Newspaper article St Louis Post-Dispatch (MO)

Welcoming a New Century at the Muny, Let's Salute the Old One

Newspaper article St Louis Post-Dispatch (MO)

Welcoming a New Century at the Muny, Let's Salute the Old One

Article excerpt

Somebody had to choose seven productions to play the Muny during its 2018 summer season the 100th season of musical shows at the outdoor theater in Forest Park.

"Somebody" is Mike Isaacson, the theater's executive producer and artistic director.

At a news conference Thursday, Isaacson announced the titles: "Jerome Robbins' Broadway," "Jersey Boys," "Annie," "The Wiz," "Gypsy," "Singin' in the Rain" and "Meet Me in St. Louis."

It wasn't an easy decision, Isaacson admitted. Determined to honor the theater's legacy and its deep, longstanding connection to the St. Louis audience, he went through draft after draft of schedules for the anniversary season.

"We produce work unlike any in the world," he said, so in 2018, "we wanted to use the power of the Muny."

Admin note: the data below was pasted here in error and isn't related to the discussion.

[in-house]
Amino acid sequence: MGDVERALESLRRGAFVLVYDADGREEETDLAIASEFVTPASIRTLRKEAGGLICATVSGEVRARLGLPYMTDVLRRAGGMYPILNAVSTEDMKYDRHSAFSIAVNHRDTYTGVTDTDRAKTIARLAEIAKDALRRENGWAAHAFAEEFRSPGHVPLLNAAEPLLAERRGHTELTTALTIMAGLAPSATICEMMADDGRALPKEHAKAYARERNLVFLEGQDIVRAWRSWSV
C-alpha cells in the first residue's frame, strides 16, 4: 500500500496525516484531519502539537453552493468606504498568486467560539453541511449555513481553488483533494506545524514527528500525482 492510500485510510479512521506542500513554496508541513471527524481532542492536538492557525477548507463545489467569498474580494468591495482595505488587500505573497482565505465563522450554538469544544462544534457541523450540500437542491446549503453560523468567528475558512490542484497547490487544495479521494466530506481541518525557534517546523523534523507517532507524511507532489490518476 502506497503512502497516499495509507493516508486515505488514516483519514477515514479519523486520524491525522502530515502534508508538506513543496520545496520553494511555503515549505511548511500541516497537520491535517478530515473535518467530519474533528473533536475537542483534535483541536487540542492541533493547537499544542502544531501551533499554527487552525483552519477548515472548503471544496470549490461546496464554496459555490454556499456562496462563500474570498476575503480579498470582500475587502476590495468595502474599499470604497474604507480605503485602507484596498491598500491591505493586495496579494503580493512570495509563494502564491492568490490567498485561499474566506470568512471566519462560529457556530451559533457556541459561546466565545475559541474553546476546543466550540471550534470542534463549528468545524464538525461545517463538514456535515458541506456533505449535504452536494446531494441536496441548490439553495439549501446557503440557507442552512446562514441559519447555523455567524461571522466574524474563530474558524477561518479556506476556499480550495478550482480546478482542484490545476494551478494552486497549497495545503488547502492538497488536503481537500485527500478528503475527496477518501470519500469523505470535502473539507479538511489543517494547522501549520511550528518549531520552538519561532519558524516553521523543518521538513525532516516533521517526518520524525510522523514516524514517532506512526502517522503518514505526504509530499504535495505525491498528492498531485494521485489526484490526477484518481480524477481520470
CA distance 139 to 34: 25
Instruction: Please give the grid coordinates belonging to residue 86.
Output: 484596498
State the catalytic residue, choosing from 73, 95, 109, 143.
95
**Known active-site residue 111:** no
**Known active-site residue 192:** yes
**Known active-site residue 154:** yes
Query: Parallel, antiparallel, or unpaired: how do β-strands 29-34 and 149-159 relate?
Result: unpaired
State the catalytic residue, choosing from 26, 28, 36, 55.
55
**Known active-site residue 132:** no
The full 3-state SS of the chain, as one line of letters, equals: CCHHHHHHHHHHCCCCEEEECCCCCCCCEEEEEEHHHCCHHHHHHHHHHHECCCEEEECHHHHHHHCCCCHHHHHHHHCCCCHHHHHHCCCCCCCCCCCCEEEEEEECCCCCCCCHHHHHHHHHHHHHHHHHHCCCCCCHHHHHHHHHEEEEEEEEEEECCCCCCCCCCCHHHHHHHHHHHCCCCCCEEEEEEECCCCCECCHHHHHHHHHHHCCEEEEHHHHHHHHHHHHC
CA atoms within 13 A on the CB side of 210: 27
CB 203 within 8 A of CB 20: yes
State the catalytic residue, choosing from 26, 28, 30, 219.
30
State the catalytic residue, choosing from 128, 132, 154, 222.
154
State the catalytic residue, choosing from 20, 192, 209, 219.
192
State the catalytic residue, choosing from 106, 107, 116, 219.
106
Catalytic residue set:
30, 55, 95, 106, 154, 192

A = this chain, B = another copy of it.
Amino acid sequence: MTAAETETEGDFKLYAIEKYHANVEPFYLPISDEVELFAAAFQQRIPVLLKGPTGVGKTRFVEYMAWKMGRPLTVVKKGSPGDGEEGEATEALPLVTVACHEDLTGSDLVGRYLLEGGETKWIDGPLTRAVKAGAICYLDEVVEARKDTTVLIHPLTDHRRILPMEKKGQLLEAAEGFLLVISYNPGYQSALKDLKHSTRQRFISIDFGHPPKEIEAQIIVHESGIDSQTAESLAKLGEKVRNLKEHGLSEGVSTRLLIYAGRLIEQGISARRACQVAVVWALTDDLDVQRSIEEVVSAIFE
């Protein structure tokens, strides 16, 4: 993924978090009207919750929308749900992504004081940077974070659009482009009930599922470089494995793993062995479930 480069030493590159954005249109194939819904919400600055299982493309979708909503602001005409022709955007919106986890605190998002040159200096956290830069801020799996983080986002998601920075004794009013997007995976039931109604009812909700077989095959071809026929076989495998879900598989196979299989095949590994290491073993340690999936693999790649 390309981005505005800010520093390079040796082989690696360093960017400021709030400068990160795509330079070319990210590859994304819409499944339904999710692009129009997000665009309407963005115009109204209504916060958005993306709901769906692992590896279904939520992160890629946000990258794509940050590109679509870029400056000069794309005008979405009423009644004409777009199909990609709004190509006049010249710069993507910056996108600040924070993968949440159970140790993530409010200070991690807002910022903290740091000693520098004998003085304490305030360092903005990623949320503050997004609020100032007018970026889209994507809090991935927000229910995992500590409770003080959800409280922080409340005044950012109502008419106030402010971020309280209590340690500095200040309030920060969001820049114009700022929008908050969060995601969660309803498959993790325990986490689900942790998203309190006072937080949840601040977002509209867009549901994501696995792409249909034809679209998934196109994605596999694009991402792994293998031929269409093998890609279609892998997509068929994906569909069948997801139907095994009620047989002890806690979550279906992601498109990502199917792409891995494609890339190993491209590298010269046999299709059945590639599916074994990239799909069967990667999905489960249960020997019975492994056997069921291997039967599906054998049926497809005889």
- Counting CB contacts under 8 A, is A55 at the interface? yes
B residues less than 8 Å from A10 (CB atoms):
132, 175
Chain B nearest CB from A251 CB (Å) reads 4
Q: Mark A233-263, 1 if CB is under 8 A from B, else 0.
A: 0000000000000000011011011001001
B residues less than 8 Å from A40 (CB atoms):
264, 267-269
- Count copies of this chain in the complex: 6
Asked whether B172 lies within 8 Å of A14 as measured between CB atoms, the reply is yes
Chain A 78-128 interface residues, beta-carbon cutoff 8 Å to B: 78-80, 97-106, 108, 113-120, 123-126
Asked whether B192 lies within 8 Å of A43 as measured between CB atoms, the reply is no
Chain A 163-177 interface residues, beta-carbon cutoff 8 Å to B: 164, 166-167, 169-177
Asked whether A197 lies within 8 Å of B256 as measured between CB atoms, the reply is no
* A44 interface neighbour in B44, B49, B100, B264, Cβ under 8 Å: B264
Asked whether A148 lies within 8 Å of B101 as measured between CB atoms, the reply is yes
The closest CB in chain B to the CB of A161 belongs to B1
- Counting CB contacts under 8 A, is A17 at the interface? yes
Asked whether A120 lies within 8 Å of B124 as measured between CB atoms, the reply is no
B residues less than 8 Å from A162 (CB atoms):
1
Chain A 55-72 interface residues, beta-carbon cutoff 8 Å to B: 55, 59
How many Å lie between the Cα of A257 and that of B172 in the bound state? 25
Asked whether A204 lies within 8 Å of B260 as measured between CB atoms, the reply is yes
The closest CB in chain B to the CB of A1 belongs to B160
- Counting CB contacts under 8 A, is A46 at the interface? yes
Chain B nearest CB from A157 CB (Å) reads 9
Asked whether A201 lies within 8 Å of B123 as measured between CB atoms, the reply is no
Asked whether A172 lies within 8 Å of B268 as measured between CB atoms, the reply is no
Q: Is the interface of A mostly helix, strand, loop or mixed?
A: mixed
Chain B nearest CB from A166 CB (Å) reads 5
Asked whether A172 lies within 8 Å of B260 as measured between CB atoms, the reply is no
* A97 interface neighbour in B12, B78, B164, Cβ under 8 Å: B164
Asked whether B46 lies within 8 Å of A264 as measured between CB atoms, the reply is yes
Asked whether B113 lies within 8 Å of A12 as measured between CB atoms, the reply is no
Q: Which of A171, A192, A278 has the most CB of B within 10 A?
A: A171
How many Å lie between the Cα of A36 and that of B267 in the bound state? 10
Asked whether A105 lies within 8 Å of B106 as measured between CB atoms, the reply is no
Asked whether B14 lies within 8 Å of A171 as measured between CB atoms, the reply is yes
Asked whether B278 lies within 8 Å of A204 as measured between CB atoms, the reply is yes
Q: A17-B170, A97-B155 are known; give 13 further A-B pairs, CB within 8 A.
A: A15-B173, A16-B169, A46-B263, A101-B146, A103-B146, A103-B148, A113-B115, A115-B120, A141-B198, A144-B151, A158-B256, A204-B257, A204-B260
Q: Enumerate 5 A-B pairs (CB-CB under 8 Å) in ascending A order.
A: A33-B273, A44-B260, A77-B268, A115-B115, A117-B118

That meant a season with something for everyone, a season with big shows, a season of shows with the "spirit and drive" that have made "American musicals our gift to the world." Only jazz, he said, can rival it.

Isaacson explained how he figured it out in the end. Tony winners "Jersey Boys" and "Jerome Robbins' Broadway" are both new to the Muny. The former celebrates the sound of American radio; the latter pays tribute to all of Broadway with its anthology of the work ("West Side Story," "On the Town," "Fiddler on the Roof," etc.) of a brilliant director/choreographer.

"Gypsy" is often described as a "perfect" musical, thanks to a book by Arthur Laurents considered so well-written, you'd still have a hit if you eliminated the score by Jule Styne and Stephen Sondheim. (But why would you want to?)

"Annie" and "The Wiz" both tell optimistic stories about spunky girls who have terrific adventures. Most Muny productions are family shows, but these two together show a real commitment to the youngest theatergoers, the ones who will have the power to keep musical theater, and the Muny, alive for years to come.

"Singin' in the Rain" plays to the Muny's strengths terrific numbers, a brightly comic story and the spectacle of a happy man dancing on a lamppost in a downpour. …

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